The bill by New Orleans Sen. Karen Carter Peterson, a Democrat, has received the backing of the Senate's health committee. It was reassigned Monday to the Senate Finance Committee.
The measure seeks to provide health insurance coverage to adults making up to 138 percent of the poverty level — less than $32,000 for a family of four — as allowed under the Affordable Care Act. The federal government would pay for most of the coverage.
Gov. Bobby Jindal opposes the expansion.
Although no manufacturer exists in Louisiana, the House backed a proposal that would allow gun buyers and sellers to circumvent any federal firearm ban if the gun was manufactured in the state.
The proposal by Republican Rep. Joe Lopinto would create the "Louisiana Manufactured Firearms and Ammunition Act," providing for state licensing and regulations instead of federal oversight.
The bill was approved 75-20, primarily along party lines with Republicans supporting and members of the Legislative Black Caucus in opposition. It heads to the Senate.
Louisiana State Police estimates it would cost $2.2 million to set up the licensing and $600,000 annually afterwards. Legislative fiscal analysts say they can't corroborate the estimates because it's unclear if any companies would seek the license.
Both the House and Senate unanimously agreed Monday to delay by one year the start of Gov. Bobby Jindal's plan to shift future rank-and-file state workers to a 401(k)-style retirement plan.
A suspension of the law until July 1, 2014, would give lawmakers time to have some outstanding issues resolved.
A district court judge has ruled the retirement plan unconstitutional. That ruling is on appeal. Meanwhile, leaders of two state retirement systems have raised concerns about tax implications.
The retirement change, approved by lawmakers last year, created an investment account similar to a 401(k) plan for certain state employees hired after July 1. That would stand in place of a monthly retirement payment based on salary and years of employment.
No legislation has made it through both chambers and received final passage yet, however. The House version (House Concurrent Resolution 2) heads to the Senate for debate, while the Senate version (Senate Concurrent Resolution 1) moves to the House.
The House agreed Monday to two separate bills that would delay the use of a new formula for calculating school performance grades and the disciplinary effects of a new statewide teacher evaluation program.
The new accountability formula, which would include ACT test scores at the high school, would have been applied to school and district performance scores released later this year.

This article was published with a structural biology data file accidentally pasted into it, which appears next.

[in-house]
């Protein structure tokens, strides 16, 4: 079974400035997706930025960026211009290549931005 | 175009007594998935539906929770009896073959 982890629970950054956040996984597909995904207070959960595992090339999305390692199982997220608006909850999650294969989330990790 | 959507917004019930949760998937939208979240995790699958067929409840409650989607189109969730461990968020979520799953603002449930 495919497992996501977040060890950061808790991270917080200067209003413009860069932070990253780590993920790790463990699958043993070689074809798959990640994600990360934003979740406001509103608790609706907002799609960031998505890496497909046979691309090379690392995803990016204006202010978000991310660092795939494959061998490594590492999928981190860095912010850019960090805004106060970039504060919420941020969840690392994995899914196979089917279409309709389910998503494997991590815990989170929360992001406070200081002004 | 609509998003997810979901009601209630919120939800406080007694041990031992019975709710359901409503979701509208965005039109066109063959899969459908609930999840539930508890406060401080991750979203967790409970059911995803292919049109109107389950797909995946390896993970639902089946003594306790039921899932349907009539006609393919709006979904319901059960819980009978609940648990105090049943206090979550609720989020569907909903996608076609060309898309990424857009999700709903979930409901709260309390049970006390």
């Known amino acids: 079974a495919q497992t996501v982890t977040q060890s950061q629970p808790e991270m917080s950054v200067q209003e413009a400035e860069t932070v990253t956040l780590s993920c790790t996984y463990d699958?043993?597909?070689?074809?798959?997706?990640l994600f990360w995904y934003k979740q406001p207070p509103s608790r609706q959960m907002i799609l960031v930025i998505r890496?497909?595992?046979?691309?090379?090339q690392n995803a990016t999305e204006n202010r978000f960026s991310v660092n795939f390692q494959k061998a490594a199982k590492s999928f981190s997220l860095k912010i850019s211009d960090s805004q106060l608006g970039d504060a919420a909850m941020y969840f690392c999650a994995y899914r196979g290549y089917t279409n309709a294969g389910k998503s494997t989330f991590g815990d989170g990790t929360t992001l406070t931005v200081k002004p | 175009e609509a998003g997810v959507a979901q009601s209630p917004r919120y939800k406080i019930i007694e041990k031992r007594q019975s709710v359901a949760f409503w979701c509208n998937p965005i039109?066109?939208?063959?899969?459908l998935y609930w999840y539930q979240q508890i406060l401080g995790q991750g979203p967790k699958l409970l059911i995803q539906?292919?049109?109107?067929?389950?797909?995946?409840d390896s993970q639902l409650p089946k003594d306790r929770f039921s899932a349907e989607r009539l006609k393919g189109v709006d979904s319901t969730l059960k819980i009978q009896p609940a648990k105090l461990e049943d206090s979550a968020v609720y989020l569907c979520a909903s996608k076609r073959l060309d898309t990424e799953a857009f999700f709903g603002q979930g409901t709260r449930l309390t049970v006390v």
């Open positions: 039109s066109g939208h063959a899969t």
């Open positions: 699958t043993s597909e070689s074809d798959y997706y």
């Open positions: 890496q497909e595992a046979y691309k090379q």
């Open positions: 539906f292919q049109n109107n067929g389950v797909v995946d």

Instead, the proposal (House Bill 466) by Rep. Kenny Havard, R-Jackson, would require the state to use the same formula and accountability policies applied in the 2011-12 school year until the House and Senate Education committees approve any change.
The bill passed in a 70-28 vote and heads to the Senate for debate.
Meanwhile, a measure (House Bill 160) by Rep. Gene Reynolds, D-Minden, garnered unanimous support for postponing for one year the use of evaluations in determining the effectiveness of teachers for retention or termination.
A proposal that would allow schools taken over by the Recovery School District to be returned back to local control if that school has earned a "D'' or "F'' for three consecutive years was unanimously approved by the House.
Under the bill (House Bill 115) proposed by Rep. Ted James, D-Baton Rouge, schools could be returned to local school system's control if parents of a majority of the students sign a petition making the request.
The measure moves to the Senate for debate.
The community and technical college system would be able to get construction financing outside of the traditional budget process, under a bill backed by the Senate in a 30-6 vote, over the opposition of the state's top higher education board.
The measure (Senate Bill 204) by Sen. Robert Adley, R-Benton, moves to the House for discussion. Adley described the need for upgrades and expansion as "dire."
The Board of Regents, which oversees all higher education managing boards, opposes the bill as an end-run around the regular construction budget process that all other public colleges must follow.
An attempt to ban posting to Facebook, Twitter and other social media sites while driving is nearing final passage in the Louisiana Legislature.
The proposal, approved Monday by the House transportation committee, is designed to close what lawmakers call a loophole in the state law that prohibits texting and driving.
The Senate-approved bill would add accessing, reading and posting to social media sites to the prohibition. It heads next to the full House.
Livingston Sen. Dale Erdey, the Republican sponsor of the bill, says he's trying to cut down on distracted driving and improve public safety.
If passed into law, violators would face a fine up to $175 for the first offense and up to $500 for second and subsequent violations.
• The Senate voted 33-2 for a proposal that would remove a requirement that judges retire after reaching age 70 and completing their current terms. The bill (Senate Bill 5) heads to the House for debate. If approved there, the constitutional change also would require approval from voters in a statewide election.
• Standstill budgets to finance the operations of legislative agencies and the state court system received backing from the House Appropriations Committee without objection. The budget to finance the House, Senate and other legislative agencies in the fiscal year that begins July 1 would remain at $93 million. The budget to finance the operations of many state courts, including the Louisiana Supreme Court, would stay at $163 million. The proposals (House Bills 687 and 691) move to the full House for debate.
• The House voted 58-33 for a bill that would allow annual 4 percent pay raises to parish clerks of court for the next four years. The salary boosts could cost up to $1.2 million over four years, and would only be allowed if clerks complete an annual certification and maintain the certification. The proposal (House Bill 174) by Rep. Jeff Arnold, D-New Orleans, moves to the Senate for debate.